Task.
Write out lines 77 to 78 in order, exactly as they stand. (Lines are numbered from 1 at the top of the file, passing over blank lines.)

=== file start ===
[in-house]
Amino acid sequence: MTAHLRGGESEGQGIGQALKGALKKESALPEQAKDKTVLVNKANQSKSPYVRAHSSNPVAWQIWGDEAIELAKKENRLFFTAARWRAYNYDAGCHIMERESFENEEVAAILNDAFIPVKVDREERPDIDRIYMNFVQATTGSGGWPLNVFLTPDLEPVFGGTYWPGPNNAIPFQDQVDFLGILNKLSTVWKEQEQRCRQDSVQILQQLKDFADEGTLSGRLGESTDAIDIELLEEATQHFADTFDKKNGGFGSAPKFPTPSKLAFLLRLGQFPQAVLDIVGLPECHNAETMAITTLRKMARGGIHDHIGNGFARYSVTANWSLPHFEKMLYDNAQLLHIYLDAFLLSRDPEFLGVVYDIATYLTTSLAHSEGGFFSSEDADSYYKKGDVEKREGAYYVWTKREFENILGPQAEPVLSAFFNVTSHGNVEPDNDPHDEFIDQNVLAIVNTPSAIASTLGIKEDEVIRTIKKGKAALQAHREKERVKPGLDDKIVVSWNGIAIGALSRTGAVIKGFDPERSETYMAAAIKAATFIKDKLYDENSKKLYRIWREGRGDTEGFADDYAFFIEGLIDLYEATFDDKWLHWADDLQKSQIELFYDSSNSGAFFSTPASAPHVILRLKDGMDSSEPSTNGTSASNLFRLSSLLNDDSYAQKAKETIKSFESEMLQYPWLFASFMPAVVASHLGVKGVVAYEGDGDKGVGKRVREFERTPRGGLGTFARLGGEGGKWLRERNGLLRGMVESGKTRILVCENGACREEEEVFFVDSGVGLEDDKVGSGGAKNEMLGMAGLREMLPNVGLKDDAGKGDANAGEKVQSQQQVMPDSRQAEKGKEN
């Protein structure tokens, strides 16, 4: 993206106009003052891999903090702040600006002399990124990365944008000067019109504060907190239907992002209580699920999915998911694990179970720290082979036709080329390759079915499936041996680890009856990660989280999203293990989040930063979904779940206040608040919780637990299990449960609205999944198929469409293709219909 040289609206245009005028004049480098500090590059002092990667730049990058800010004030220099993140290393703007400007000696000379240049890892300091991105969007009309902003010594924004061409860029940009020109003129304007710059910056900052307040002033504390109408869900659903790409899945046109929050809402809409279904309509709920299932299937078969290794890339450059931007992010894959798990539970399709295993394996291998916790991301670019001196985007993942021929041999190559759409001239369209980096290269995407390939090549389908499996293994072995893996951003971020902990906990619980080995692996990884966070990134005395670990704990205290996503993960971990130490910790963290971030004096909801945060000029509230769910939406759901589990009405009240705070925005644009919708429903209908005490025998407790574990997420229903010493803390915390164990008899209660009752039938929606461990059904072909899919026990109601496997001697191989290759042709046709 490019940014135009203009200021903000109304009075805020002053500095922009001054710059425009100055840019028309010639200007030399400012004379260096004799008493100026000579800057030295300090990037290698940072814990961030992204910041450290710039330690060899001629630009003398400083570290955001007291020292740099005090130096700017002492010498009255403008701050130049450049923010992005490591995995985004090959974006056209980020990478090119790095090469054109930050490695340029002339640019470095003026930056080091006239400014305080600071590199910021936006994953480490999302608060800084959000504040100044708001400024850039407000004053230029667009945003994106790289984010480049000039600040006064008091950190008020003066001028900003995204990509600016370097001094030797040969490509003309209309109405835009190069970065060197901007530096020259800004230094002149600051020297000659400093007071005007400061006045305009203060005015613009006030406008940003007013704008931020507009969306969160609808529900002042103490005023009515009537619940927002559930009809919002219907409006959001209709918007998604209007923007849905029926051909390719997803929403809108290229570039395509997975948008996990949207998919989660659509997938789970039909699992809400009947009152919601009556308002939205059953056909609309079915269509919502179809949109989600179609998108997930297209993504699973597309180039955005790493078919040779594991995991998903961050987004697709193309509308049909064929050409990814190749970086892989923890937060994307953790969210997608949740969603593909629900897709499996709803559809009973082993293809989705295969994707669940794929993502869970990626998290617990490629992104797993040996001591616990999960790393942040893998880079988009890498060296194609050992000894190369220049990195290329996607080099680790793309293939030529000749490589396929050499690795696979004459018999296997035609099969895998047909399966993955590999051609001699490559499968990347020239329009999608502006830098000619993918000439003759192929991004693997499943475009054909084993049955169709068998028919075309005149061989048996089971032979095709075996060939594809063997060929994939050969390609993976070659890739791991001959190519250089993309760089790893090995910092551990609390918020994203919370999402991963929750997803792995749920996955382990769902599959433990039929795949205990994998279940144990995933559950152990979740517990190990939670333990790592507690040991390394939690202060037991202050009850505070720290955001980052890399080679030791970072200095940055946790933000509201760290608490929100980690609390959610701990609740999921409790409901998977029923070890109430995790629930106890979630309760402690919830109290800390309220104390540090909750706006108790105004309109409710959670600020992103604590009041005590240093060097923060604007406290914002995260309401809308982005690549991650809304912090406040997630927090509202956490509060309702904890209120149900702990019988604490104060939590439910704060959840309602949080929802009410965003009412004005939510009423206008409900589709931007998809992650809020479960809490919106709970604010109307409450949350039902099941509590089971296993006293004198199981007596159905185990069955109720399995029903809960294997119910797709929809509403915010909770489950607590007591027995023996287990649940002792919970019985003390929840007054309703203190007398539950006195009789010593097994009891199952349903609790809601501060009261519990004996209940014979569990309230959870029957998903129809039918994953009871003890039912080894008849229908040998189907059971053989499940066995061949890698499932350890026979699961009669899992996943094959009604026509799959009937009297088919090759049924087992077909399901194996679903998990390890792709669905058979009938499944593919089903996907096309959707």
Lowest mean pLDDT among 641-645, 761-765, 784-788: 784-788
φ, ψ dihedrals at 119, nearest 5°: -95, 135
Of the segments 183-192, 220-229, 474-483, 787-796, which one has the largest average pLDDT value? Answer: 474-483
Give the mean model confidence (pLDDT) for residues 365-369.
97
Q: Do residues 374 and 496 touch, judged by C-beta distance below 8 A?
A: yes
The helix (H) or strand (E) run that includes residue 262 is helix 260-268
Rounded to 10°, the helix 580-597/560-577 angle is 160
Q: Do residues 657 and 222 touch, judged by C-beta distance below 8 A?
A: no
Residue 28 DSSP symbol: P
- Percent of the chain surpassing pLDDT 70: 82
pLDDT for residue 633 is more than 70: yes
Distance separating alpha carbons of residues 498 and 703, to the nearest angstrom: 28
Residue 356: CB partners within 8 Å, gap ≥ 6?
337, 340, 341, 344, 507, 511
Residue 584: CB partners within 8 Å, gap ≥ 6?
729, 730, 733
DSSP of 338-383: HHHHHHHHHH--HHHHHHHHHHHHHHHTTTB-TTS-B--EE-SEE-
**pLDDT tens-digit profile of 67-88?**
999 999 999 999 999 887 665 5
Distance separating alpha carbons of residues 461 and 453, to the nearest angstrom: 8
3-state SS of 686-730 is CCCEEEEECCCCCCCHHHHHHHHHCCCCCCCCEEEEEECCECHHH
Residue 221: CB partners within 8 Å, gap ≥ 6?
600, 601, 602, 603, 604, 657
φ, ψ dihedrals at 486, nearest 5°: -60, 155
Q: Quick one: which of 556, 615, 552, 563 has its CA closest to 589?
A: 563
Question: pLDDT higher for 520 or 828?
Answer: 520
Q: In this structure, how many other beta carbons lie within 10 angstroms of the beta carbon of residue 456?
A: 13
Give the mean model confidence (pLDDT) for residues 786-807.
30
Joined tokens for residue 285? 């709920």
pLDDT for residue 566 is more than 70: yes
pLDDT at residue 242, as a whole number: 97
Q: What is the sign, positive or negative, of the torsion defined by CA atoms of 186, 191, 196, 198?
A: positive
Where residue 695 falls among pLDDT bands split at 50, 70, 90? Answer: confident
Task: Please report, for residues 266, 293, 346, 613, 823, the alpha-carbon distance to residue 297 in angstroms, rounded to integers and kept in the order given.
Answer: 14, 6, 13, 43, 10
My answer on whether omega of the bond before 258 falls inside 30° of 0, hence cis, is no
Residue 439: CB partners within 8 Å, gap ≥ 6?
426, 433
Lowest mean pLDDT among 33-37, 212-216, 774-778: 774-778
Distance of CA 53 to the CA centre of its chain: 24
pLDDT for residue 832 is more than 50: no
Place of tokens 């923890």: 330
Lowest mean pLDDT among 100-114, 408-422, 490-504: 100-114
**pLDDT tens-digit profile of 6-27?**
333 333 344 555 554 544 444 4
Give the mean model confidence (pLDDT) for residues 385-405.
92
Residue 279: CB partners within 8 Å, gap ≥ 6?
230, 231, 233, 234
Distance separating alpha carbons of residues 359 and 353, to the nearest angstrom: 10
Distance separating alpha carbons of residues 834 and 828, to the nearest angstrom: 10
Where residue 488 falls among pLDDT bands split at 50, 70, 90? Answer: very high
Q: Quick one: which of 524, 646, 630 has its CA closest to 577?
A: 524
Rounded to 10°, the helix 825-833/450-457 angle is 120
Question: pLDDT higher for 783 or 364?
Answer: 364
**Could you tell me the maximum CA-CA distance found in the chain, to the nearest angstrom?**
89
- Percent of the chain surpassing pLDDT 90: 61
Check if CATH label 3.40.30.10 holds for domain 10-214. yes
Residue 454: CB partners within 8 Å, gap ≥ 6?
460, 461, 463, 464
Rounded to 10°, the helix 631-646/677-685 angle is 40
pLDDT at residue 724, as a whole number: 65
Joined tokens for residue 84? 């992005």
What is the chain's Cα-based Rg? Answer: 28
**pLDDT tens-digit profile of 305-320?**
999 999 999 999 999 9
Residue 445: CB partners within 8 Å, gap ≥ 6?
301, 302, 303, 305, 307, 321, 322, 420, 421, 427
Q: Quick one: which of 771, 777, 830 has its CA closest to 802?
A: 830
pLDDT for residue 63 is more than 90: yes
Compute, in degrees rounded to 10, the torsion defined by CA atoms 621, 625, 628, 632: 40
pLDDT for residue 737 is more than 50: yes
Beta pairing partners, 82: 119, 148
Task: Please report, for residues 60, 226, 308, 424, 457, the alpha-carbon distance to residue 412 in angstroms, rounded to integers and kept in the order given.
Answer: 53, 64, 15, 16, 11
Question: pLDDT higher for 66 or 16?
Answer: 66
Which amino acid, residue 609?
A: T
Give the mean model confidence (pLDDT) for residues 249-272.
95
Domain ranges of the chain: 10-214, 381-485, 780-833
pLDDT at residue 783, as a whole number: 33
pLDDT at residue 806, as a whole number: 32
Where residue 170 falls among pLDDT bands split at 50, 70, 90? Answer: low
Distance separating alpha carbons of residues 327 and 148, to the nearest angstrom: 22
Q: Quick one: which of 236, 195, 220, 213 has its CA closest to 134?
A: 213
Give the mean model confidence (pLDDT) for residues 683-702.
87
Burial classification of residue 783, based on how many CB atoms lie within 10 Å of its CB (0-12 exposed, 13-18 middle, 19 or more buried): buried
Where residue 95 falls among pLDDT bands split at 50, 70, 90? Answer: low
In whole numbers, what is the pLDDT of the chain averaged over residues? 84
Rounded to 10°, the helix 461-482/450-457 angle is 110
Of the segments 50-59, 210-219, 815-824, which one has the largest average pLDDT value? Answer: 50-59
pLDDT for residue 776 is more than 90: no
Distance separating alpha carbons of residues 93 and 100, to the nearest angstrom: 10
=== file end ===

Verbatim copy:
Joined tokens for residue 84? 């992005």
What is the chain's Cα-based Rg? Answer: 28